February’s instalment of Super Friendz’s Dark Arts event* happened to be a loud, fortuitous finale to a busy week or so of birthday celebrations for me. Ten bands descended upon the Belgrave stage from 1pm, and it was yet another fine example of their day-long festival offerings…
Mother Said, Eyesore & The Jinx and Human Interest were the first bands up, but it was the HAIM-like undertones of Divorce that really hooked me early on. Upbeat and on-point, their 30-minute set was laced with a mix of fan favourites (including ‘Pretty’) and new tunes. And their particularly impressive USP was undoubtedly their mic duties being split between three super-talented, harmonised vocalists.
Cementing that Leeds is never devoid of party spirit, the city’s very own Adult DVD emerged ahead of the biggest crowd they’d ever played to. The venue was nothing short of packed-out for the six-piece’s performance, which delivered massive electronics and synths, underpinned by guitar strings and a full drum kit. ‘Bill Murray’ was an obvious crowd-pleased that conjured up a rave-esque atmosphere at just gone 5pm.
Acid Klaus had paved the way for a slight change in style, which saw Egyptian Blue serve surfer vibes, masterfully jaunty changes in tempo and a healthy measure of old-school Foals. While they’ve certainly carved out their own niche, drawing similarities between the two outfits was easy to do based on what was so enjoyable to hear.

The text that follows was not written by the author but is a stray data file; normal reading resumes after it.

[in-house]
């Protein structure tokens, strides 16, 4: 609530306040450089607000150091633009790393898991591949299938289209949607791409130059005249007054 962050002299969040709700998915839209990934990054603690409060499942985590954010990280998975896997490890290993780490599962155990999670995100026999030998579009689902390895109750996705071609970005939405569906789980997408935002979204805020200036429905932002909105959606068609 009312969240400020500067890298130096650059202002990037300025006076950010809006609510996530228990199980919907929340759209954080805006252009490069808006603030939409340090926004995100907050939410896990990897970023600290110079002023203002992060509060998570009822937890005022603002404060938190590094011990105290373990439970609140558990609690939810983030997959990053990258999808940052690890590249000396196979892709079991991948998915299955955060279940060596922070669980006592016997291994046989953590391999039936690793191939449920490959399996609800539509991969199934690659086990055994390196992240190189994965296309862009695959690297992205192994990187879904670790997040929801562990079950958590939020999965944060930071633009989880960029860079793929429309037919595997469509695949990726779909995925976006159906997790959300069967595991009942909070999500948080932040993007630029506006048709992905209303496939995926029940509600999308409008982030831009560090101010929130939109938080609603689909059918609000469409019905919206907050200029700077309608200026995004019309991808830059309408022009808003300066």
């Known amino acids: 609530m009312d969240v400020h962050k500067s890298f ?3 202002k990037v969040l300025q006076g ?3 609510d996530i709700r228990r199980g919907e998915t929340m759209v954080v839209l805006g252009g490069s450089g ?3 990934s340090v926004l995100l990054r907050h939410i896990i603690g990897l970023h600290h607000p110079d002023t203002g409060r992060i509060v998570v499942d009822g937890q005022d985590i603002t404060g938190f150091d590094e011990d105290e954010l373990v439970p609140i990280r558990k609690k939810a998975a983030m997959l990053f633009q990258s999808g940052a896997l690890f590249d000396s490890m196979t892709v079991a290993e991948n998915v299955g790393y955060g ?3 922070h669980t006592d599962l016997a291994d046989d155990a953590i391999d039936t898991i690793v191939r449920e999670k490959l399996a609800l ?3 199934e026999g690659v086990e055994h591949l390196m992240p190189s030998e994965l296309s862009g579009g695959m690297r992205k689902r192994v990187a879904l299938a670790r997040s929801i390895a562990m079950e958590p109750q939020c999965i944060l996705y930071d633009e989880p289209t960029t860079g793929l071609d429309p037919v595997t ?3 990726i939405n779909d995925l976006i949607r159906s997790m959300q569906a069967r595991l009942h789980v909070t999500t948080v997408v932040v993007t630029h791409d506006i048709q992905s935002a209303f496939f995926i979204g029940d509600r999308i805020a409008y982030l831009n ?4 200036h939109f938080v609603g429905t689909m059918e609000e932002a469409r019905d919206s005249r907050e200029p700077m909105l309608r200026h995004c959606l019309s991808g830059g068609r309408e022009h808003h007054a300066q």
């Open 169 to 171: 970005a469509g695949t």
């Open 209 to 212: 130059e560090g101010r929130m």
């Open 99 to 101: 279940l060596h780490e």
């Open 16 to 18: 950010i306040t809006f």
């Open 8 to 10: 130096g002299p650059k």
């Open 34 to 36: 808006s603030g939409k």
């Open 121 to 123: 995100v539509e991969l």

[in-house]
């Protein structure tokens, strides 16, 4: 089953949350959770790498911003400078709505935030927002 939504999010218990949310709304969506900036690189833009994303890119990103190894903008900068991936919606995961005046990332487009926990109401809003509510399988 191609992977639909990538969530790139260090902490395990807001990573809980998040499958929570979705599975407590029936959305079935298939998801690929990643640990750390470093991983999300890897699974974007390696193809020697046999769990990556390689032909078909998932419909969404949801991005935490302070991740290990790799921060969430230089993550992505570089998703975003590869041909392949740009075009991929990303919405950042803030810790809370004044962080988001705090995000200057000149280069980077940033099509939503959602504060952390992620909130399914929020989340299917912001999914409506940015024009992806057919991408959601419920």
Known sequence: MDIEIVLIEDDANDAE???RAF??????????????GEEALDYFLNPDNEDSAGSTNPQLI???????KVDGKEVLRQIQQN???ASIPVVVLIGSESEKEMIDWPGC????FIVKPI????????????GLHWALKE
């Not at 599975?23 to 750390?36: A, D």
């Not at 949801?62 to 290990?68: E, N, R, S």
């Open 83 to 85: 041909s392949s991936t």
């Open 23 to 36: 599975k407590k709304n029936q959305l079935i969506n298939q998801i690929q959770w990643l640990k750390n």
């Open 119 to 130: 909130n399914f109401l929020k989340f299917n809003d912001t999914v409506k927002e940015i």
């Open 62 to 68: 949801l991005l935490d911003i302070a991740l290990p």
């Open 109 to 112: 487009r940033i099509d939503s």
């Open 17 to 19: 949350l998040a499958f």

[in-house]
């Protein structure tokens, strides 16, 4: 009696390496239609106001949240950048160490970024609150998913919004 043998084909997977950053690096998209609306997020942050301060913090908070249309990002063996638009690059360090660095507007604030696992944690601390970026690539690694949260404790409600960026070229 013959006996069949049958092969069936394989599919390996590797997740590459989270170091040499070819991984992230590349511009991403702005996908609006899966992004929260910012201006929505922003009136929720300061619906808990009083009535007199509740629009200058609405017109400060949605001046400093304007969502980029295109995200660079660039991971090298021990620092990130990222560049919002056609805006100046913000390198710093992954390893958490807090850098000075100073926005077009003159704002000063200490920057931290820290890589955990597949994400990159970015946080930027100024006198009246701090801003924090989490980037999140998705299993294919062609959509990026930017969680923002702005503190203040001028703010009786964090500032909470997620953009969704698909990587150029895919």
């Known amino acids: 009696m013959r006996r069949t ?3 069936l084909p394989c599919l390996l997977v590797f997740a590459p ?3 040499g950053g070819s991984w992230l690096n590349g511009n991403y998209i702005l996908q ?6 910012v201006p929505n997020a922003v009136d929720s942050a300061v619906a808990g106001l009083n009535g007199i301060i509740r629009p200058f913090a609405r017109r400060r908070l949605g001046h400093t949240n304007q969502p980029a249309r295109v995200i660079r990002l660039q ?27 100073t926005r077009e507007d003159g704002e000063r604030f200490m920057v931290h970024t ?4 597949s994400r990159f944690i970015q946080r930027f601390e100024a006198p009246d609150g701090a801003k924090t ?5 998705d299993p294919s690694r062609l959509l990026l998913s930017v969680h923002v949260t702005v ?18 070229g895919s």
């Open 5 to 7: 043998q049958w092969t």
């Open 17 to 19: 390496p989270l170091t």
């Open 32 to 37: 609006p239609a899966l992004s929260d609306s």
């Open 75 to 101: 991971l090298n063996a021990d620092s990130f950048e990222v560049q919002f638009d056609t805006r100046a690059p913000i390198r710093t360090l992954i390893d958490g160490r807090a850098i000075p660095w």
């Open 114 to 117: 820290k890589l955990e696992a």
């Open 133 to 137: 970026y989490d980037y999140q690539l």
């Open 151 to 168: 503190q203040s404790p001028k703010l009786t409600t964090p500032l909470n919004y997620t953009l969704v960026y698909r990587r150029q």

The cool thing about this particular Dark Arts line-up was how it darted from indie-meets-post-punk to borderline techno. And the shift was felt again during Regressive Left, who nailed the video game theme tune sound effects through thumping, ‘80s-ready synths and SPD. Yet for an added layer of sheer skill, there was light but ultra-intricate guitar work, creating an ironically progressive set.
As 9pm chimed and the wafting aroma of burgers and pizza slices from the canteen below had diffused, DEADLETTER assumed their positions — cowbells and all. They presented us with an exciting penultimate crescendo that engaged the bodies in the room perhaps beyond the point of Adult DVD’s reception. Their frontman sprang into the crowd on multiple occasions, and their saxophonist was their crowning glory. DEADLETTER’s blueprint was entirely unique, with playfully tongue-in-cheek yet on-the-nose lyrics, alongside exceptionally perfected instrumentals that you could groove to.
Then, to inject one last dose of energy to the shaking Belgrave dancefloor, Hebden Bridge’s The Lounge Society, AKA the headliner, rose. They were frantic and frenzied from the off, with experimental guitar work oozing ‘70s rock vibes in an otherwise melting pot of indie, post-punk and alternative noise. It’s no wonder they’ve been touring overseas and delighting playlists left, right and centre. A buoyant end to a stellar day.
*With thanks to Super Friendz for the press access